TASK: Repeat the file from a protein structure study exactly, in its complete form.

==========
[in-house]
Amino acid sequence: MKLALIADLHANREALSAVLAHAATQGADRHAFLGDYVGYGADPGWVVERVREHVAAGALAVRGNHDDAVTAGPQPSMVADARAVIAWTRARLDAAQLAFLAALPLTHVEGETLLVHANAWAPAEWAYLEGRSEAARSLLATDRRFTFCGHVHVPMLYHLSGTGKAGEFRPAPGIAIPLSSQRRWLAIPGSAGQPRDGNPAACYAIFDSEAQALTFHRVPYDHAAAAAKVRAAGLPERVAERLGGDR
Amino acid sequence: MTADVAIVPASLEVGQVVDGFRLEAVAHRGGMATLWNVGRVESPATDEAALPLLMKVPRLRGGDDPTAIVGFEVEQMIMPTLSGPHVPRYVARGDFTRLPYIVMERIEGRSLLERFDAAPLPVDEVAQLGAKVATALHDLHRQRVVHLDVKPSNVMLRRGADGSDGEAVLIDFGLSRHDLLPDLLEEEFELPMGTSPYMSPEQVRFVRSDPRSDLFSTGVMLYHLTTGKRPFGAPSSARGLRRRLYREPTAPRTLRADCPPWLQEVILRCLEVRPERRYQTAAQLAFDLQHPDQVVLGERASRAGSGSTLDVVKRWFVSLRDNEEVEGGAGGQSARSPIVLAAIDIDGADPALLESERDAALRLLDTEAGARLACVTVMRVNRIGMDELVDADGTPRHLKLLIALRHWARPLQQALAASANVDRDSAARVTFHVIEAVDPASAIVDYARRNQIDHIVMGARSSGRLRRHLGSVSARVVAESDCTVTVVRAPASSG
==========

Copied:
[in-house]
Amino acid sequence: MKLALIADLHANREALSAVLAHAATQGADRHAFLGDYVGYGADPGWVVERVREHVAAGALAVRGNHDDAVTAGPQPSMVADARAVIAWTRARLDAAQLAFLAALPLTHVEGETLLVHANAWAPAEWAYLEGRSEAARSLLATDRRFTFCGHVHVPMLYHLSGTGKAGEFRPAPGIAIPLSSQRRWLAIPGSAGQPRDGNPAACYAIFDSEAQALTFHRVPYDHAAAAAKVRAAGLPERVAERLGGDR
Amino acid sequence: MTADVAIVPASLEVGQVVDGFRLEAVAHRGGMATLWNVGRVESPATDEAALPLLMKVPRLRGGDDPTAIVGFEVEQMIMPTLSGPHVPRYVARGDFTRLPYIVMERIEGRSLLERFDAAPLPVDEVAQLGAKVATALHDLHRQRVVHLDVKPSNVMLRRGADGSDGEAVLIDFGLSRHDLLPDLLEEEFELPMGTSPYMSPEQVRFVRSDPRSDLFSTGVMLYHLTTGKRPFGAPSSARGLRRRLYREPTAPRTLRADCPPWLQEVILRCLEVRPERRYQTAAQLAFDLQHPDQVVLGERASRAGSGSTLDVVKRWFVSLRDNEEVEGGAGGQSARSPIVLAAIDIDGADPALLESERDAALRLLDTEAGARLACVTVMRVNRIGMDELVDADGTPRHLKLLIALRHWARPLQQALAASANVDRDSAARVTFHVIEAVDPASAIVDYARRNQIDHIVMGARSSGRLRRHLGSVSARVVAESDCTVTVVRAPASSG